The "Missing Girls" of China and the Unintended Consequences of the One Child Policy
High ratios of males to females in China have concerned researchers (Sen 1990, Yi et al. 1993) and the recent increase has alarmed policymakers worldwide. This paper presents an analysis of China’s census data that indicates that the "missing girls" phenomenon is causally linked to enforcement of the One Child Policy. Fertility is lower and sex ratios are higher among those under stricter fertility control, and the overall increase in the sex ratio is driven by an increase in the prevalence of sex selection among first and second births. By exploiting regional and temporal variation in fines levied for unauthorized births, I find that higher fine regimes discourage fertility, but are associated with higher ratios of males to females.
Please report citation or reference errors to , or , if you are the registered author of the cited work, log in to your RePEc Author Service profile, click on "citations" and make appropriate adjustments.:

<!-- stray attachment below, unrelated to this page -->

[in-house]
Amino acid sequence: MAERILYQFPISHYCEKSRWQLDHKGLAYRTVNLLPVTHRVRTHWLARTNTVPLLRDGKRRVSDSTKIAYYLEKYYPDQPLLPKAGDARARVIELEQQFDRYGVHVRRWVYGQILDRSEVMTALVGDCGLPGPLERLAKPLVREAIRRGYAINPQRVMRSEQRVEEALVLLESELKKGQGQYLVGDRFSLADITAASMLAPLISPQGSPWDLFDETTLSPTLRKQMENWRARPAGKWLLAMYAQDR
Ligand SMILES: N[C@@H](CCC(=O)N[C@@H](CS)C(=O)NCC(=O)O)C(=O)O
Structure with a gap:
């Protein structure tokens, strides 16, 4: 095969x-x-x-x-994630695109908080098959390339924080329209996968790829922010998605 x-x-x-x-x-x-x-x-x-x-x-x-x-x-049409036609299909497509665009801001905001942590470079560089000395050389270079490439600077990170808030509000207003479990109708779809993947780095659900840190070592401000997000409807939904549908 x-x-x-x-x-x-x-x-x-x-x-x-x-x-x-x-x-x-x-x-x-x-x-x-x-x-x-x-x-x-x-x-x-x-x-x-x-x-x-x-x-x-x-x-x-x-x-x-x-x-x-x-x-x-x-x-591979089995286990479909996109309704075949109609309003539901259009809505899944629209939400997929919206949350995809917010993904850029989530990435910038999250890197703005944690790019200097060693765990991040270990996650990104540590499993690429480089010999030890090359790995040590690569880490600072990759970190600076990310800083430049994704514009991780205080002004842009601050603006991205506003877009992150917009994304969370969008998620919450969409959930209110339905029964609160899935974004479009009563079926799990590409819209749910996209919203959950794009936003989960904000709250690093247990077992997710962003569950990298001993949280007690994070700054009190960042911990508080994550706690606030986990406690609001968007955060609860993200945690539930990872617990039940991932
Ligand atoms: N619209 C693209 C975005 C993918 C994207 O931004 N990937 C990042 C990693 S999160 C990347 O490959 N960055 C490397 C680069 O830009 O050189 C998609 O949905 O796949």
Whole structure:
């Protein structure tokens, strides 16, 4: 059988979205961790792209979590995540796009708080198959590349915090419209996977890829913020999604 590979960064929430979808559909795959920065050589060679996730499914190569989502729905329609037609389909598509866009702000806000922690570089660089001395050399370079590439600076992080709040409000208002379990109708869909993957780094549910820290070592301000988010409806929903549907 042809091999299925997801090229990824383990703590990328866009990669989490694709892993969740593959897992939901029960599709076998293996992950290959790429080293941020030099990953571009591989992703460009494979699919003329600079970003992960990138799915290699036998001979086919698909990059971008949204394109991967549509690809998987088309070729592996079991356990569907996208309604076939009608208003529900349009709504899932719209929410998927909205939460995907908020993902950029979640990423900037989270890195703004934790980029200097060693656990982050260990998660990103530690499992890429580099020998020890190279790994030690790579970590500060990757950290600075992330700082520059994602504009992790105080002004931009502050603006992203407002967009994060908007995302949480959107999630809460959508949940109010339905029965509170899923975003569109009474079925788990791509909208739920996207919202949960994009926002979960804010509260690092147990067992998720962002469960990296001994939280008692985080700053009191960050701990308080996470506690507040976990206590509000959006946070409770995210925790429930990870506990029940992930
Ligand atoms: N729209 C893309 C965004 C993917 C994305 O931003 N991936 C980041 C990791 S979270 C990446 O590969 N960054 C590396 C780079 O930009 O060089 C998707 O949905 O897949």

- Ming-Jen Lin & Ming-Ching Luoh, 2008. "Can Hepatitis B Mothers Account for the Number of Missing Women? Evidence from Three Million Newborns in Taiwan," American Economic Review, American Economic Association, vol. 98(5), pages 2259-73, December.
- repec:chk:cuhkdc:00019 is not listed on IDEAS
When requesting a correction, please mention this item's handle: RePEc:uwp:jhriss:v:45:y:2010:i:1:p87-115. See general information about how to correct material in RePEc.
For technical questions regarding this item, or to correct its authors, title, abstract, bibliographic or download information, contact: ()
If references are entirely missing, you can add them using this form.